Stephen McGinty: First World War history in making


Some of the British soldiers during the First World War
Some of the British soldiers during the First World War.

BBC has launched 2,500 hours of broadcasting about the First World War to change people perception about the war, but as Stephen McGinty writes he is doubtful if these media campaigns will results to any change.

The documentary “Great Britain’s Great war” is a four part-part prime –time which will mark 100th anniversary of the First World War which began after the assassination of the Archduke Franz Ferdinand in the summer of 1914 and ended after the deaths of 16 million soldiers at 11th hour of the 11th day of 11th month 1918. Different programming across radio, television and internet has been set to be used to accomplish the 2500 hours broadcasting.

Many people consider First Word War as a failure that led to death of many people, but World War two is seen as a success and defeat of Nazis and the Holocaust which was organized by Hitler. The anniversary would have meant something to people if it was done in 2039.

BBC is Britain national broadcaster and it has taken the role of documenting the events about WW1 which will be documented by Neil Oliver. Radio Scotland is set to air 100 stories about the country and the western front including a 30-minute documentary on Eric Bogle who immigrated to Australia to help heals the wounds caused by Gallipoli. On 14 august 2014, a live highlight service will take place at Glasgow after the close of Commonwealth Games. The queen and heads of state will attend in remembrance of the decision to go to war.

1914, a Home Rule Bill was passed by House of commons and was backed by the Liberal government but due to the timing of the war which started the same year, the bill was never passed to be a law in the constitution.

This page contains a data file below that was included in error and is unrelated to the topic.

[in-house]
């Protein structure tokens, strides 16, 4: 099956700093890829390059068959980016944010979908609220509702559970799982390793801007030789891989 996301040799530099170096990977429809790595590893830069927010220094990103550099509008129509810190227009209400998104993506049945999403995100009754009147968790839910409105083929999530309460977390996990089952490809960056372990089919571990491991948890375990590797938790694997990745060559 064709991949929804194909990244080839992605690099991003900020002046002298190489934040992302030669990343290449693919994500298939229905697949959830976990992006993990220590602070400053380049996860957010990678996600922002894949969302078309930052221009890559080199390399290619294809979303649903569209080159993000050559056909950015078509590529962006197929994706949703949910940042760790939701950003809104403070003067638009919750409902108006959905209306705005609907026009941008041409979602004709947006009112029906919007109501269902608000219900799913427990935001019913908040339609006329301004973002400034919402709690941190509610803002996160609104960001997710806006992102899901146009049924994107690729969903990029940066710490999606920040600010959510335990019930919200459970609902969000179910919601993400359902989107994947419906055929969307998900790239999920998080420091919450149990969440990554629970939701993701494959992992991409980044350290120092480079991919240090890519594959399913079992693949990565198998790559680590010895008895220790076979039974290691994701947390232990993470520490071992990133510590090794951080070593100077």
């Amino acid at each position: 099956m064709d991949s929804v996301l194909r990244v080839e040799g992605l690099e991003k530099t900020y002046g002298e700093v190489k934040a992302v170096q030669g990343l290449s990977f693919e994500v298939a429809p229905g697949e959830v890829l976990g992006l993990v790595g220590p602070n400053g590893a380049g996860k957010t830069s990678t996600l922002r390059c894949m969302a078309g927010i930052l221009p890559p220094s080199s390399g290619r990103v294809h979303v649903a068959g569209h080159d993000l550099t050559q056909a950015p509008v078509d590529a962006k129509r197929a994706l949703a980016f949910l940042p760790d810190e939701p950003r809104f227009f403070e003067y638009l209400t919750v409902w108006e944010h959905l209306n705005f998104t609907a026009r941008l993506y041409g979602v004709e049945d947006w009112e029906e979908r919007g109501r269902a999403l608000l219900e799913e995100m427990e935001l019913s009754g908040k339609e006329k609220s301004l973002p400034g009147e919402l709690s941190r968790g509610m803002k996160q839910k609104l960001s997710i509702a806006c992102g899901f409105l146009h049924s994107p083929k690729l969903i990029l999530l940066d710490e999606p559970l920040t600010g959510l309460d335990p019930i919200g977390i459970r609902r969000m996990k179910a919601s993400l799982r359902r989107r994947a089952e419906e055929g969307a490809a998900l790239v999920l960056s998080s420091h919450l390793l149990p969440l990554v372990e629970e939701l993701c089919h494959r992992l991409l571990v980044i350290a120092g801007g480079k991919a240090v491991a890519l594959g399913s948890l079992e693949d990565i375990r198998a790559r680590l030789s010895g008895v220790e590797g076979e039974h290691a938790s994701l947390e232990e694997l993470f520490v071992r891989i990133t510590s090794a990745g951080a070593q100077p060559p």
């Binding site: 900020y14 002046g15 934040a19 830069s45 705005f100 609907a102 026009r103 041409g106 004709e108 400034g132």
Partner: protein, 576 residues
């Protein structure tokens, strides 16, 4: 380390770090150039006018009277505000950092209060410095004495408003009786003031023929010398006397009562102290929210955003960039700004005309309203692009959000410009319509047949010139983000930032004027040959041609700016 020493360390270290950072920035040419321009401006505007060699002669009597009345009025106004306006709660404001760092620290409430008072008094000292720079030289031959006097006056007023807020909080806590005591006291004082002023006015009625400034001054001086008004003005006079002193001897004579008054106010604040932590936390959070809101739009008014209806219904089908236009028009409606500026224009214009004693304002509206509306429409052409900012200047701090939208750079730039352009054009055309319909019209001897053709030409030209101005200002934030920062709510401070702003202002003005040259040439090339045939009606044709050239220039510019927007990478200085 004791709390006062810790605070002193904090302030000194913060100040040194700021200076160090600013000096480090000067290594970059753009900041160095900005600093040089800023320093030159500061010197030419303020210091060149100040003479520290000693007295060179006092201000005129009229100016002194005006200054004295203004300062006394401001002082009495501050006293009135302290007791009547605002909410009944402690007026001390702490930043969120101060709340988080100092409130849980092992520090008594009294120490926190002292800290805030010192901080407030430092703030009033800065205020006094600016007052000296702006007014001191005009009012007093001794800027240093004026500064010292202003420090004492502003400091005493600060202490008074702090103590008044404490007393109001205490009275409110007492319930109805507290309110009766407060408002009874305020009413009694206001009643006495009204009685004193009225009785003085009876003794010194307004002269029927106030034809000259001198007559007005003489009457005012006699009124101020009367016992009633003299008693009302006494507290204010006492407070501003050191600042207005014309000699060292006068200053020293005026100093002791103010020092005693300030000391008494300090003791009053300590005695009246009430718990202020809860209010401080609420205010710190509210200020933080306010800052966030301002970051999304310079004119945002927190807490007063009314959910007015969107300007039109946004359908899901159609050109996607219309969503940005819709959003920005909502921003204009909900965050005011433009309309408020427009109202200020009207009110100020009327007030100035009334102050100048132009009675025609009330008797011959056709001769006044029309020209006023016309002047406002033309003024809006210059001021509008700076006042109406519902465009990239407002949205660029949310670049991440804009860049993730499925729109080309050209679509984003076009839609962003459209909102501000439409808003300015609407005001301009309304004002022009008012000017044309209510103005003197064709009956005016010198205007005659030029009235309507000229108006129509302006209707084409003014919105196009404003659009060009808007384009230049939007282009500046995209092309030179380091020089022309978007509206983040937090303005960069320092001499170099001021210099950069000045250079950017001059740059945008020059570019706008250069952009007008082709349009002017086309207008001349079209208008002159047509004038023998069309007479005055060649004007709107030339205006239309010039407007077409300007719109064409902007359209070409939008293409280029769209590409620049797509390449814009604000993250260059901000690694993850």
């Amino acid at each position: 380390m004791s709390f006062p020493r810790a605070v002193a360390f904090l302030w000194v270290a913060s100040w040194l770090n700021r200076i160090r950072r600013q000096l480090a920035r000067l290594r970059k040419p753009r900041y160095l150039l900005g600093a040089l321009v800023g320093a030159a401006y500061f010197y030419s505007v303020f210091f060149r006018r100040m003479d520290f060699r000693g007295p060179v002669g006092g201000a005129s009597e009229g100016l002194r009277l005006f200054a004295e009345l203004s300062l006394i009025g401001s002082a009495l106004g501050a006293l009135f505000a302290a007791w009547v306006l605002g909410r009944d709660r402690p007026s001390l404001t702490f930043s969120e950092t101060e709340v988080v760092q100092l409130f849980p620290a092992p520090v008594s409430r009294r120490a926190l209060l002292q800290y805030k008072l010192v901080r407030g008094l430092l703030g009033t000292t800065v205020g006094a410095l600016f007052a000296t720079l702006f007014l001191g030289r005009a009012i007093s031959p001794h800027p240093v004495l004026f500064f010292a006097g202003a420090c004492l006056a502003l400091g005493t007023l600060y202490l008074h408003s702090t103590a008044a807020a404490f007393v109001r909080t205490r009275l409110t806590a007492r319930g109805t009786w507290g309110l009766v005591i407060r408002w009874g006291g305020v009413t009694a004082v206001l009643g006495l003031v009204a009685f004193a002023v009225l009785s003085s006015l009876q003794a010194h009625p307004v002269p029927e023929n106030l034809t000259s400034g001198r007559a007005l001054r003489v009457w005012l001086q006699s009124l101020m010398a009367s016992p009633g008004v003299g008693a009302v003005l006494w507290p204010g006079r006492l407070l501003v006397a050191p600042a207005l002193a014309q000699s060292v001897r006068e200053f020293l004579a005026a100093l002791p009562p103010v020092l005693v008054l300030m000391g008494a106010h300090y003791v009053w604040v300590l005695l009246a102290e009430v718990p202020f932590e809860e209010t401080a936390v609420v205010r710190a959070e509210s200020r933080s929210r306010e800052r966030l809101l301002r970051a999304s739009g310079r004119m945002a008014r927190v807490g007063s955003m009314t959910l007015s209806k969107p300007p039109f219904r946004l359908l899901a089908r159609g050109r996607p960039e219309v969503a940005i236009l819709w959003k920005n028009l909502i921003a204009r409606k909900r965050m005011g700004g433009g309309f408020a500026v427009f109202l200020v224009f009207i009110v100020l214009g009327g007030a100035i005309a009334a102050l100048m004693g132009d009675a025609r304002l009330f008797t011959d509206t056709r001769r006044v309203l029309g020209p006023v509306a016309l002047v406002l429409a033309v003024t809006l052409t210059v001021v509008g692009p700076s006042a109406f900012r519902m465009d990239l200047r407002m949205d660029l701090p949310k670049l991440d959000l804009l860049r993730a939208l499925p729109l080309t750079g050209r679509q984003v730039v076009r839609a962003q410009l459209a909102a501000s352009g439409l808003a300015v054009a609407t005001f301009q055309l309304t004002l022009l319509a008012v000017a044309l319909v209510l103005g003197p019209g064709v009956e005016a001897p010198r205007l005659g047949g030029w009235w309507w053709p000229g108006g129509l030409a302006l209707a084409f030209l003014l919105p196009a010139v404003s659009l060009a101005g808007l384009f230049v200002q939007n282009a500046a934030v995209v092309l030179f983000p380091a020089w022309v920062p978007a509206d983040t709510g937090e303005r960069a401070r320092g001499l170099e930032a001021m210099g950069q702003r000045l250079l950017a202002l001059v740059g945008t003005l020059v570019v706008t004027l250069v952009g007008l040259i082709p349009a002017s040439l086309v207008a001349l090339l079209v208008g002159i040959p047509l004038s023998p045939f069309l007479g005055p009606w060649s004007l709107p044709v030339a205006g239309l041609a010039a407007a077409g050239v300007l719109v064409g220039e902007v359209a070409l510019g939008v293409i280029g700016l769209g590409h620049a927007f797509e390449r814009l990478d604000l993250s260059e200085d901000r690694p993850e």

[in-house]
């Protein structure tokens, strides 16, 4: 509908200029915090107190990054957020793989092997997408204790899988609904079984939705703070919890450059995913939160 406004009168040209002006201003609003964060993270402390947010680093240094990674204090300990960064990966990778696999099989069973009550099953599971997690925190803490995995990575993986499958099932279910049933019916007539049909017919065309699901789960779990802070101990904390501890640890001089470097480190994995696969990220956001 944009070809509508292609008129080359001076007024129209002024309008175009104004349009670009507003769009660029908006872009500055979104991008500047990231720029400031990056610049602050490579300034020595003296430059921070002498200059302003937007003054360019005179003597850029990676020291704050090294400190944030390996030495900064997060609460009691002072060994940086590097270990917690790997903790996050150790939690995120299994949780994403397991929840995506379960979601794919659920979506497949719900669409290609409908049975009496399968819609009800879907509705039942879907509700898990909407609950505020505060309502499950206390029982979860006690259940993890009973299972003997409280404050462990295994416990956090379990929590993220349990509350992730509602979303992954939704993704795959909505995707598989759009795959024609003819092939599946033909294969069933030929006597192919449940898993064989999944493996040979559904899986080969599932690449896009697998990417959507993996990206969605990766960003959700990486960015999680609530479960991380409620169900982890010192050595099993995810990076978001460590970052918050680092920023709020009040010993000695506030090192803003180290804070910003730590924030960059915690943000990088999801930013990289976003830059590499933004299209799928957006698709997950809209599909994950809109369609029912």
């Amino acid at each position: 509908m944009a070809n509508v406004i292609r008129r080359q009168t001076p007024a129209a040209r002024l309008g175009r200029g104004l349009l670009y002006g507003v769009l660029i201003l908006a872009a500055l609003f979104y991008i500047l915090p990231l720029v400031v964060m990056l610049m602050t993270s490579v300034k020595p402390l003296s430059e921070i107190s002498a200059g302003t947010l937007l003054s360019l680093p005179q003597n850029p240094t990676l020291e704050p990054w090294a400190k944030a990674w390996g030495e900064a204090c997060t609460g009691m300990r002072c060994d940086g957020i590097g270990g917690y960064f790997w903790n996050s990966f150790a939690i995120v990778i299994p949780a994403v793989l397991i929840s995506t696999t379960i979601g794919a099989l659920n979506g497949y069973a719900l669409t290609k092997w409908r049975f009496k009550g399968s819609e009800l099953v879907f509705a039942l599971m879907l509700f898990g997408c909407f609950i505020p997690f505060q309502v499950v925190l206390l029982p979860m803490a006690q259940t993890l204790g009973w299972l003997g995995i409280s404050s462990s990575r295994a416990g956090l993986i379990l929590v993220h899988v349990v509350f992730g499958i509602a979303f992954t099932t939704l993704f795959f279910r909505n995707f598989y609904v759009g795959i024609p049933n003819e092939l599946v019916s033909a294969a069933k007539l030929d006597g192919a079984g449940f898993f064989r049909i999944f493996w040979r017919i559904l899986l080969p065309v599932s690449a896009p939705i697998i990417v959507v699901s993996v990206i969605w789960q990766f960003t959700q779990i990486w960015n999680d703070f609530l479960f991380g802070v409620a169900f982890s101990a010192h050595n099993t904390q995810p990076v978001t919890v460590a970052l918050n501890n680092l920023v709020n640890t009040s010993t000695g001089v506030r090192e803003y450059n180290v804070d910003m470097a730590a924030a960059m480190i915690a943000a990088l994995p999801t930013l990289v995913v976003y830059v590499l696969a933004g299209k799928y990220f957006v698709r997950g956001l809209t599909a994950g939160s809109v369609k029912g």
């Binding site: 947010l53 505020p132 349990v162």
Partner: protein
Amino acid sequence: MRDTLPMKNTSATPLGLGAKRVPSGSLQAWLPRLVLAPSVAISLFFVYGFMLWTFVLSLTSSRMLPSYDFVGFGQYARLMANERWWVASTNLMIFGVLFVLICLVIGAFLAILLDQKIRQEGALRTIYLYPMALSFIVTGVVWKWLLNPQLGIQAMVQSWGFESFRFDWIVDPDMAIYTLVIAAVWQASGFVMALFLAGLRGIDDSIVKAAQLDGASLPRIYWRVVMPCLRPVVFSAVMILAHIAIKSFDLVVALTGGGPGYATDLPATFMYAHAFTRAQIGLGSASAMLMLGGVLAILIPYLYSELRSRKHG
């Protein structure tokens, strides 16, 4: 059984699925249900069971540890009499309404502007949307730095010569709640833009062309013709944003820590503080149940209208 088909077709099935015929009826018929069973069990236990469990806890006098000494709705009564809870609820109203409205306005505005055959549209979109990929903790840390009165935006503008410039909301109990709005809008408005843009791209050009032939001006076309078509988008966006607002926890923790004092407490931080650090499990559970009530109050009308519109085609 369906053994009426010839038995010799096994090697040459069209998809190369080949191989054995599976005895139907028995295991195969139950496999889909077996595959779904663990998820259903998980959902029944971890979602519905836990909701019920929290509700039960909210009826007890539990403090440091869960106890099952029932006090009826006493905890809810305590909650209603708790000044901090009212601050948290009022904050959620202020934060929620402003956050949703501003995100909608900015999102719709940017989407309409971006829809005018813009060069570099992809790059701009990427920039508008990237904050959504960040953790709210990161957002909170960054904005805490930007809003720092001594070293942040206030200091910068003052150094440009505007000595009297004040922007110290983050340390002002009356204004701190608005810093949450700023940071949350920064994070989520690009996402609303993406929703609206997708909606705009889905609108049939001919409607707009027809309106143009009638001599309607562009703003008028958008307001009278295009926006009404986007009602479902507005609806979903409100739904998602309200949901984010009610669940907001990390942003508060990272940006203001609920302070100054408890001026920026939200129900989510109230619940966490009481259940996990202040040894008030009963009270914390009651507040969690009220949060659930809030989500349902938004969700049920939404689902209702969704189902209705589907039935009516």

During the war Scotland lost 149,000 men which was even twice the number of the people who died in other parts of Britain. For example, Lewis signed up 6,712 men and only 17 Percent never came back, Glasgow sent 200,000 men and lost 17,695.

A Germany Zeppelin raided Edinburgh in 1916 which led to the area being converted to an airfield. A Northern British company in Fountainbridge made over one million boots for the soldiers who were fighting on the Western front. Dr William Halse Rivers, a Scottish, volunteered to offer psychiatric therapy to the soldiers to help them go through the trauma of war in a Military Hospital which was a decaying health spa in Edinburgh.

Tom Bell, John Wheatley and John Maclean organized a spate of strikes in 1915 against rent raise and employment of women in heavy industries. This led to the arrest of James Maxton and John Muir but John Maclean would pay a higher price of 3 years in jail. Emergent Labour Party was founded due to the socialist idealism. Jimmy Reid Foundation wants this legacy marked next year; they have even contacted Glasgow City Council requesting that plaque be erected to “write back into history”.

Max Hasting a historian argues in his new book, “Catastrophe 1914,” that Germany would have swept away democracy from Europe, and it was necessary for the British to go to war.

According to THE SCOTSMAN, Stephen McGanty argues that even with the BBC dedication of 2500 hours programming nothing much will come out.

Steve Khalif

Steve Khalif is one of the authors writing for WAR HISTORY ONLINE